Centre for Risk Analysis - For the six months ended March 31, Astral, the country’s largest poultry producer, incurred R741 million in load-shedding-related costs. This was revealed in the company’s interim results for the period. Operating profit declined 88%, down to R98m. In terms of trying to adapt to the constant challenge of inadequate electricity supply, Astral now needs to reallocate at least R400m of capital expenditure for backup solutions and alternatives.
Astral’s struggles serve to show that not even the country’s biggest companies are free from the devastation that is being caused by the failures of Eskom. And many small-medium-sized businesses and entrepreneurs will simply not be able to deal with these additional costs and either need to relocate or close down completely. That the country’s unemployment rate continues to hug the 50% mark, on the expanded definition, is therefore little surprise.
South African citizens and businesses will be forced to deal with load-shedding for the foreseeable future. Eskom’s latest system updates indicate the entity is aiming to keep unplanned losses below the 15 000MW mark, but should losses exceed that limit and reach the 18 000MW, Stage 8 load-shedding will become a reality over the coming months. Therefore, wherever businesses, communities, and individuals are able, alternative plans and arrangements need to be put in place (if they are not busy with these processes already).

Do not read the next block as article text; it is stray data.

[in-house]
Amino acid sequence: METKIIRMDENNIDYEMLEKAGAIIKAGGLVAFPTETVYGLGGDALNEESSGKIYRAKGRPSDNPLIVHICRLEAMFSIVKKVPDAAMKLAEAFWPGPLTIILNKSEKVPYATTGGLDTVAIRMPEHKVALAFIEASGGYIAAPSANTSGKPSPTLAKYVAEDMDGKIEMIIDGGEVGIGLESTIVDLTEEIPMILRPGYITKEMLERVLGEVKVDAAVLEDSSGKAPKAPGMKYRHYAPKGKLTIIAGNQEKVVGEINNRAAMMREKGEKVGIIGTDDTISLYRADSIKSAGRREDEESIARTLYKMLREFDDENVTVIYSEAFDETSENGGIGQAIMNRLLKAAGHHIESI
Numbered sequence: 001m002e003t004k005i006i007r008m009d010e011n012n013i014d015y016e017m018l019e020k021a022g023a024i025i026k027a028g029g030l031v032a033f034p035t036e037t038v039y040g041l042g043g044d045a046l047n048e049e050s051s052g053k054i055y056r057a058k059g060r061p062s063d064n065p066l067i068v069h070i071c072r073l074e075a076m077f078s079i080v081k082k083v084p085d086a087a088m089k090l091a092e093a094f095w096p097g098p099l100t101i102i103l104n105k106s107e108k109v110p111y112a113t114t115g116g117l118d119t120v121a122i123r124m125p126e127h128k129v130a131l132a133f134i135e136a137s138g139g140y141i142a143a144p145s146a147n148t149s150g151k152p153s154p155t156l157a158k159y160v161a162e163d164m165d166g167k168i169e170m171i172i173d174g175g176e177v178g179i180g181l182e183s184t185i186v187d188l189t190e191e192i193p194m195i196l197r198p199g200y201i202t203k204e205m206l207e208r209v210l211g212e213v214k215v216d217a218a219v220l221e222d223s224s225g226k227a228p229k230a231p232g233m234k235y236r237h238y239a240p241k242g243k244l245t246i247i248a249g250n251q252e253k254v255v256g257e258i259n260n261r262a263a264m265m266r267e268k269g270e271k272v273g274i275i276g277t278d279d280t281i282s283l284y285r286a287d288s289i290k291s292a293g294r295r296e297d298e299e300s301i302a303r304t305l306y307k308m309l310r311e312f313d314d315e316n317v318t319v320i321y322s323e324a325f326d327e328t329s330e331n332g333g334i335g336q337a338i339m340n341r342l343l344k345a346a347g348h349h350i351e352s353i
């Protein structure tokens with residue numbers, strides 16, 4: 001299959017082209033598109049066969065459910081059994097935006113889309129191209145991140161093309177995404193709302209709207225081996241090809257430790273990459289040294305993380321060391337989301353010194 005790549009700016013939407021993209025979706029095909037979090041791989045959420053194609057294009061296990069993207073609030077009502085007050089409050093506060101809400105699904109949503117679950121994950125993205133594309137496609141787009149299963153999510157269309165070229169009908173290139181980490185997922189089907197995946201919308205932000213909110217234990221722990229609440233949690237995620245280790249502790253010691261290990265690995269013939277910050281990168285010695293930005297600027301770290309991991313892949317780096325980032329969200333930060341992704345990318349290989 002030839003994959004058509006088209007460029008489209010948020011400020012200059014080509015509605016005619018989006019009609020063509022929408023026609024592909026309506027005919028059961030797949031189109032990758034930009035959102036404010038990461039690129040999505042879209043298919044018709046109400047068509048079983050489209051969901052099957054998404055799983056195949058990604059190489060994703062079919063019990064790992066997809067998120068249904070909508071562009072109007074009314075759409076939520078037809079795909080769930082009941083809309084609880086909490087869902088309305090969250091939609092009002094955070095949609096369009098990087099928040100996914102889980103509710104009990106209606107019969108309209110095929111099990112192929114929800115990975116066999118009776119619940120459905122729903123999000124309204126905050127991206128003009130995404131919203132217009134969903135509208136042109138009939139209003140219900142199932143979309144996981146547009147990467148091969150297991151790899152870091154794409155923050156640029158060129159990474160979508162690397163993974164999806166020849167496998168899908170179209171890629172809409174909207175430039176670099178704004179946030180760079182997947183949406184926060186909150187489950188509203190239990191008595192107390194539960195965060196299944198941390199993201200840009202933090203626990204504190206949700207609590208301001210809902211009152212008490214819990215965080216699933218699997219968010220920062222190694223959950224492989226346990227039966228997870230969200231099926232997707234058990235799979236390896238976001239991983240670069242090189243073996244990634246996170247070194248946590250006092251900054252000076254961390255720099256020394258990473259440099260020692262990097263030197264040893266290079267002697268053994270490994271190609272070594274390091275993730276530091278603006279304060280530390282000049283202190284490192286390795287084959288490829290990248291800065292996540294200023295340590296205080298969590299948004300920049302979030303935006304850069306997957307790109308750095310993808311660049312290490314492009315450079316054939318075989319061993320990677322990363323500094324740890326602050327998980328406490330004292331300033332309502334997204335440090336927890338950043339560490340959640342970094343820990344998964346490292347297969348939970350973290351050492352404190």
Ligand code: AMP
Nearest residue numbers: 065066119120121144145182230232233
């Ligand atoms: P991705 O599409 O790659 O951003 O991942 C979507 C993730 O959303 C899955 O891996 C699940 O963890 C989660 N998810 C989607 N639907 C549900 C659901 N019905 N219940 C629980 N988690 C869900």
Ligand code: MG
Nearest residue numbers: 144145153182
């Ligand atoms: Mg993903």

In a statement released on May 22, the CEO of Astral, Chris Schutte, said: “The dramatic demise of Eskom in the generation and distribution of electricity, of Water Affairs and the failing water supply networks, together with the disastrous state of Transnet, has destroyed the capacity of the agricultural sector to function efficiently, which is fast becoming globally cost uncompetitive.”
He added: “It is time for the government to respond to the concerns raised by the business community and hardships reflected in the livelihoods of all citizens, instead of sitting asleep at the wheel, floundering around decisions and not implementing real solutions while the country implodes.” Mr Schutte’s voice is the latest in a line of very prominent businesspeople expressing their frustrations with the current state of the country, and warning that it could reach the point of ‘failed state’ sooner rather than later. Business is right to express rising concerns, but an argument can be made that bigger businesses should focus at least some energy and resources on plans and solutions that are more grassroots-focused, and engage directly with communities around them instead of working through the traditional centres of state power.
Events may well be proceeding at such a pace that government, while trying to remain in control and have things unfold on its terms, is becoming more and more emasculated. New laws that extend the control of the state – see the amended Employment Equity Act as the latest example of this trend – might simply be ignored by businesses and citizens trying their best to work, grow undertakings, and create job opportunities. The burden of proof lies on government to show that it is serious about implementing real reforms and opening meaningful space for private solutions to the myriad problems that afflict the country.